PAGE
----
Folic acid is an essential vitamin found in food and supplements. This vitamin plays a role in all sorts of things, from making DNA to neurotransmitters. Serum folate deficiency is known to cause depression, among other problems. However, only certain forms of folic acid can get through the blood-brain barrier, so it is possible to have a completely normal folate level in the blood, but be very deficient in the central nervous system and brain. In fact, since the folic acid we get in supplements can compete at the blood-brain barrier receptor (called FR1), regular folic acid supplementation may make the problem worse. Folic acid from ordinary vitamin pills can’t get into the brain, but it can occupy the receptor, keeping the downstream folates, such as 5-MTHF, from entering the brain.
Severe cerebral folate deficiency can present in infancy as irritability, sleep disturbance, and difficulty with muscle coordination and development. Some babies even have smaller heads than usual and deafness or blindness. These children can also have autistic spectrum traits and seizures, and even schizophrenia later down the road. While some of these kids have genetic inabilities to metabolize the folate we eat into the downstream folate we use in the brain, many have antibodies to folate receptors (perhaps related to milk allergy), that keep folate from reaching the brain. Some had cerebral folate deficiency for unknown, as yet undiscovered reasons.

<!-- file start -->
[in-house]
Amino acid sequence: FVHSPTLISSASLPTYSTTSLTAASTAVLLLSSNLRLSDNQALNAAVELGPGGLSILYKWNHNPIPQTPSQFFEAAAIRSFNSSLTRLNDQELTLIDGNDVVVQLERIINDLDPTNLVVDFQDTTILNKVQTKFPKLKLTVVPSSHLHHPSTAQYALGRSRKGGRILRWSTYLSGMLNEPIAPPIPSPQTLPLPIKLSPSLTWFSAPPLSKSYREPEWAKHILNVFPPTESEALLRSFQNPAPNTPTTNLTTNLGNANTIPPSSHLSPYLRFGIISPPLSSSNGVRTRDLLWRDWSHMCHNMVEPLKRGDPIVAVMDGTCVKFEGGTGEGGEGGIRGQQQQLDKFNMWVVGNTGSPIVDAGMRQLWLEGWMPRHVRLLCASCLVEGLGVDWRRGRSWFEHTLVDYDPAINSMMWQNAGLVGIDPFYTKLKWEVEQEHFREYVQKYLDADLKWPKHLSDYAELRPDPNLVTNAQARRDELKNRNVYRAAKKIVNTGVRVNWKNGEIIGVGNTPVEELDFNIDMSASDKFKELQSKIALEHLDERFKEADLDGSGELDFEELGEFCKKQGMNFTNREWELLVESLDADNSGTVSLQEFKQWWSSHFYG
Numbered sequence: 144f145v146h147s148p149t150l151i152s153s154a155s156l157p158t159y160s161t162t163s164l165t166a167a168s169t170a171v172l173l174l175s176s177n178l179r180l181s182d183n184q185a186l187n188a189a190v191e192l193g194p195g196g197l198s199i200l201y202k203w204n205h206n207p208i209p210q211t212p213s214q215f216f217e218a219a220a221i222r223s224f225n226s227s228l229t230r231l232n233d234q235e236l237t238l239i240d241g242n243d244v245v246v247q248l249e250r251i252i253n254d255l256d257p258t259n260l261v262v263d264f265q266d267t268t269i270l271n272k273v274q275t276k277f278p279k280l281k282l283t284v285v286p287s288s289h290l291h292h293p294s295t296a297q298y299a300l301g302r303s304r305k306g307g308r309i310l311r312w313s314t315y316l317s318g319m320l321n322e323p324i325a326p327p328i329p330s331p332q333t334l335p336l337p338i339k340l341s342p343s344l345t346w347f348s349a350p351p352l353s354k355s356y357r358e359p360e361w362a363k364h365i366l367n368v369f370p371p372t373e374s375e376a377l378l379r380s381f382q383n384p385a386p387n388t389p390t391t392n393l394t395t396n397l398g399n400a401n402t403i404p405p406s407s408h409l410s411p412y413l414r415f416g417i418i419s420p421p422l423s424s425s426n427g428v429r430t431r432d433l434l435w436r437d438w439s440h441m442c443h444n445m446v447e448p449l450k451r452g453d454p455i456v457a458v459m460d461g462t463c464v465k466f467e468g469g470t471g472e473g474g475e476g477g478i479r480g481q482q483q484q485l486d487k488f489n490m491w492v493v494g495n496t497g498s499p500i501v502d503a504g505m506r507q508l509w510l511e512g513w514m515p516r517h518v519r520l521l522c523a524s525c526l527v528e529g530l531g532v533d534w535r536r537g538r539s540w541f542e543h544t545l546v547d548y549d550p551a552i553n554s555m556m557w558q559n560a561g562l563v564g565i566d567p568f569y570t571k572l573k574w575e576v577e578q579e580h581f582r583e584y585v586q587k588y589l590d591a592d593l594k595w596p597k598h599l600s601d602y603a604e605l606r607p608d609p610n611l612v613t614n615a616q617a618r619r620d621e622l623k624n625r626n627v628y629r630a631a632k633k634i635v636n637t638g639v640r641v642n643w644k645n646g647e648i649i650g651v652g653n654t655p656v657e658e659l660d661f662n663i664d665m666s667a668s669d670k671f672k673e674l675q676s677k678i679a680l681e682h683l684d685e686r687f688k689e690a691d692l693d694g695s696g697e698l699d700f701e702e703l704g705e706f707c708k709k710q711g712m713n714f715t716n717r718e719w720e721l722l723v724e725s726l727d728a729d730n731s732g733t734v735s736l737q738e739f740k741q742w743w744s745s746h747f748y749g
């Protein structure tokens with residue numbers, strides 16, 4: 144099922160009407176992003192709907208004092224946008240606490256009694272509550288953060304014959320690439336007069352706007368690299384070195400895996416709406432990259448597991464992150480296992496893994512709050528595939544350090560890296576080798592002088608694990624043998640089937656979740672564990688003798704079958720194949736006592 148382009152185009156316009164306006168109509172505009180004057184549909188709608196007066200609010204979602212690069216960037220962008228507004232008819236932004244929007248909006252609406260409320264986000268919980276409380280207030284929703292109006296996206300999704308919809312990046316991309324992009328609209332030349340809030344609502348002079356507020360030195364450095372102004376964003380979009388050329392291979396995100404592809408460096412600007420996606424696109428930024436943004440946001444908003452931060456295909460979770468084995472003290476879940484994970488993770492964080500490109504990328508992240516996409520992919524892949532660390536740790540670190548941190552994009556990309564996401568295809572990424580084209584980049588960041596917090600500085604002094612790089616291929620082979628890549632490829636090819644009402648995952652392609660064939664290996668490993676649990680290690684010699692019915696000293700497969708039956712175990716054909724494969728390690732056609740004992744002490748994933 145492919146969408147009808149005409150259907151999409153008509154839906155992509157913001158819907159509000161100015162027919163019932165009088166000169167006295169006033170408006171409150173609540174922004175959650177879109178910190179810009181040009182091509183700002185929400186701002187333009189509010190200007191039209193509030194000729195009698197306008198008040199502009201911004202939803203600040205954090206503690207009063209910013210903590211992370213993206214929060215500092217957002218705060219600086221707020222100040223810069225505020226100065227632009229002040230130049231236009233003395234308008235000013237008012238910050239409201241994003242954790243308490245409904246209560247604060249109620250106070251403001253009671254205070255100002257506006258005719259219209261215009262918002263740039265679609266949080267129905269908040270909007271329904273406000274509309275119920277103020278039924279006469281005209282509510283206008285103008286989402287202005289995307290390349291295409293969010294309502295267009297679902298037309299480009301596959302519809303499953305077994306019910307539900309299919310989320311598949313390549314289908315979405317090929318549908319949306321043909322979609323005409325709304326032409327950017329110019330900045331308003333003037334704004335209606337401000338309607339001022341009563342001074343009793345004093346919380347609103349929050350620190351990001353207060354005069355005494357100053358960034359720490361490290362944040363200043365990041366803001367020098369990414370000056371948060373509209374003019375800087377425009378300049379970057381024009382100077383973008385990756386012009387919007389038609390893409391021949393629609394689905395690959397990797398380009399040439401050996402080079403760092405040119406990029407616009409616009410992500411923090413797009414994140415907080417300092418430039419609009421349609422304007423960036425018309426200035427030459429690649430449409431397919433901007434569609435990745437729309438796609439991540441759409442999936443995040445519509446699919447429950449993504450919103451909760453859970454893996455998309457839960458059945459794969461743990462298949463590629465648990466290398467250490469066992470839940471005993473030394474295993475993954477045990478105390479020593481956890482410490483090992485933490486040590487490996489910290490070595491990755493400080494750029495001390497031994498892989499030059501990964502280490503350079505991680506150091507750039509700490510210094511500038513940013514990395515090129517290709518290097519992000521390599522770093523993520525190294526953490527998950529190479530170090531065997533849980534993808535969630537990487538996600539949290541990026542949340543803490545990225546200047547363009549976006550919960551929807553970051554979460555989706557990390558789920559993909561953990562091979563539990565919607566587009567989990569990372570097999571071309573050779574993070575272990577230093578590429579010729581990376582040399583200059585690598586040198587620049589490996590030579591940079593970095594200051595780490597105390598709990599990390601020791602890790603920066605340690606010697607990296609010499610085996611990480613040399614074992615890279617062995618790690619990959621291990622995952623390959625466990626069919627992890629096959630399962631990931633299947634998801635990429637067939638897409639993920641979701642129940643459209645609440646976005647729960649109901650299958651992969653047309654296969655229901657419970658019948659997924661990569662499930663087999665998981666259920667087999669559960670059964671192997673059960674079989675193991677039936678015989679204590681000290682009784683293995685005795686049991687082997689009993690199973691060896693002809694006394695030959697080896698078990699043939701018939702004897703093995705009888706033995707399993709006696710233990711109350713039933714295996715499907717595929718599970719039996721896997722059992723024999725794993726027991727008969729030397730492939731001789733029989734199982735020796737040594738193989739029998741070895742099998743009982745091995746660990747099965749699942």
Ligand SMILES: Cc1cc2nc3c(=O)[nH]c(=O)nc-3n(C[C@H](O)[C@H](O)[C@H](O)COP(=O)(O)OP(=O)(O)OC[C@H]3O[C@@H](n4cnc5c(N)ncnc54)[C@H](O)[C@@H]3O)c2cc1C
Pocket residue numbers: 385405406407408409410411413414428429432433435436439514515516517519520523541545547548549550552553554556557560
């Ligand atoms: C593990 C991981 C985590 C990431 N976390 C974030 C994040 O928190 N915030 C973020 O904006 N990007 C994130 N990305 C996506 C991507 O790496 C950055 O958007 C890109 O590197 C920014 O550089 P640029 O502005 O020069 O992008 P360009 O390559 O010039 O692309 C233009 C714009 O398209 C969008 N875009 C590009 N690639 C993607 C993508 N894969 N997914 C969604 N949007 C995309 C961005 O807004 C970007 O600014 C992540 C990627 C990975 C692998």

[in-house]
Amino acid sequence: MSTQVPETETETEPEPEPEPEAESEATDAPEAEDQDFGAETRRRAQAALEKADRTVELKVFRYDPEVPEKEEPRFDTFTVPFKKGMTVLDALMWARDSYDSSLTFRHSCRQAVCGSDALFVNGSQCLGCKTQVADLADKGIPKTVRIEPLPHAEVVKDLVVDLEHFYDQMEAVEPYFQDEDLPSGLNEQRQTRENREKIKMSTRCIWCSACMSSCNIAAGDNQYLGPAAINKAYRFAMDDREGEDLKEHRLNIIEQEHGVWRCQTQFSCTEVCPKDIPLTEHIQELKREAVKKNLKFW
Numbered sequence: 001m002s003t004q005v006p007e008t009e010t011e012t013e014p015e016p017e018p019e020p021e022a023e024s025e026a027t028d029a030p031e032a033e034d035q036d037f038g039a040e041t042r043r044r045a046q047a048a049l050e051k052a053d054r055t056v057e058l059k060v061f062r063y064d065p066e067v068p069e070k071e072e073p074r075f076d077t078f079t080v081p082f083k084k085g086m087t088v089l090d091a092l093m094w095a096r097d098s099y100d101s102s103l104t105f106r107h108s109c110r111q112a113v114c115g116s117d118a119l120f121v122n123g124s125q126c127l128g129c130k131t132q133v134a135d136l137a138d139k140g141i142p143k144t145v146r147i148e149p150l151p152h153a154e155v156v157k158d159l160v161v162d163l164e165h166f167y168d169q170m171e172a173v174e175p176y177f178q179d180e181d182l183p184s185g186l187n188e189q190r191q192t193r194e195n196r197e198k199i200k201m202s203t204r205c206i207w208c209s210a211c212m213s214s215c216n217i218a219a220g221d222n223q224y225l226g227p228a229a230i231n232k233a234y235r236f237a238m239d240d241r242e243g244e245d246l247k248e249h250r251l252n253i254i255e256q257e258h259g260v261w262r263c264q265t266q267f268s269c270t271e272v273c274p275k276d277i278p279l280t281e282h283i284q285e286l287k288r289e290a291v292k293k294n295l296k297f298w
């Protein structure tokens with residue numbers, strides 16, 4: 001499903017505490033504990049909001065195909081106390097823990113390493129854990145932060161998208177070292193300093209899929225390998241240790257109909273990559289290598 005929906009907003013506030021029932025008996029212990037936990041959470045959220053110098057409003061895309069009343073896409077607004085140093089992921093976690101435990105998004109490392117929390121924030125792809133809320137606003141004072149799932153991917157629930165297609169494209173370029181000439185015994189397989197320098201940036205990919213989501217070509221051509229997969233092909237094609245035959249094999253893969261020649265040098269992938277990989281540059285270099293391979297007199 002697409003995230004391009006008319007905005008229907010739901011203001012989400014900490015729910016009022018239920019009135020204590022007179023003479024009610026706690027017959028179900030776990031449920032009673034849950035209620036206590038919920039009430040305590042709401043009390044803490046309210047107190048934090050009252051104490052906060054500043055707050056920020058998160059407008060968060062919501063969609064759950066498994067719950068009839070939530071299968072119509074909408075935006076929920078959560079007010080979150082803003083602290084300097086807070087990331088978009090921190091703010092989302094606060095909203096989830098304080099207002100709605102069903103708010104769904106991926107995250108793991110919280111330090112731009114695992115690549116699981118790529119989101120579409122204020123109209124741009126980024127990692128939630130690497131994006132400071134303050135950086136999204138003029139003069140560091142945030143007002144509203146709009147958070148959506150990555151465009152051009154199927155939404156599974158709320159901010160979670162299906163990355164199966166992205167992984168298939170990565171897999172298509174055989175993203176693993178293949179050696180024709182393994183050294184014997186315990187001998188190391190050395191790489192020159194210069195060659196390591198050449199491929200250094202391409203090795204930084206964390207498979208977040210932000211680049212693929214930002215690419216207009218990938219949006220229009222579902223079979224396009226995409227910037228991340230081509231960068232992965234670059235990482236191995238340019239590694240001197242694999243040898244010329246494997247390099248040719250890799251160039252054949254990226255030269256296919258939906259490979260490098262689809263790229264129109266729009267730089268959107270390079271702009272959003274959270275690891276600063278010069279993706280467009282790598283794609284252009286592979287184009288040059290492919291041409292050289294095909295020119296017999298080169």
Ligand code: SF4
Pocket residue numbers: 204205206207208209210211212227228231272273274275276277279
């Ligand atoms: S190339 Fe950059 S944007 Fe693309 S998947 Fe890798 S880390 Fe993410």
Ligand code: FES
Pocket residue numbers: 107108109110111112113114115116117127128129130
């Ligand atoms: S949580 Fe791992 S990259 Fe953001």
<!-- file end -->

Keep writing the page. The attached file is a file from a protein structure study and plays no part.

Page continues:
In the resistant depression study, of the 12 who had cerebral folate deficiency, 10 had significant improvement (including some who were cured of depression) after treatment with folinic acid, one was lost to follow up, and one didn’t take the folinic acid prescribed. All of these patients had normal folic acid and folate metabolite levels in the serum, so without the spinal tap, we wouldn’t know they had a folate problem at all. These patients also didn’t have problems with their MTHFR genes, which are now much more commonly diagnosed genetically and treated with methylfolate.
Folinic acid is an advanced folate in the folate metabolism cycle and is used in mitochondrial respiration, making DNA, and making methylfolate, which is in turn used to make neurotransmitters and to help recycle folate and methyl groups. Folinic acid rather than methylfolate is preferred in these patients because it covers problems above and beyond those with just methylfolate deficiency and can also bypass the problem of antibodies to the FR1 receptor that could underlie the deficiency in the first place.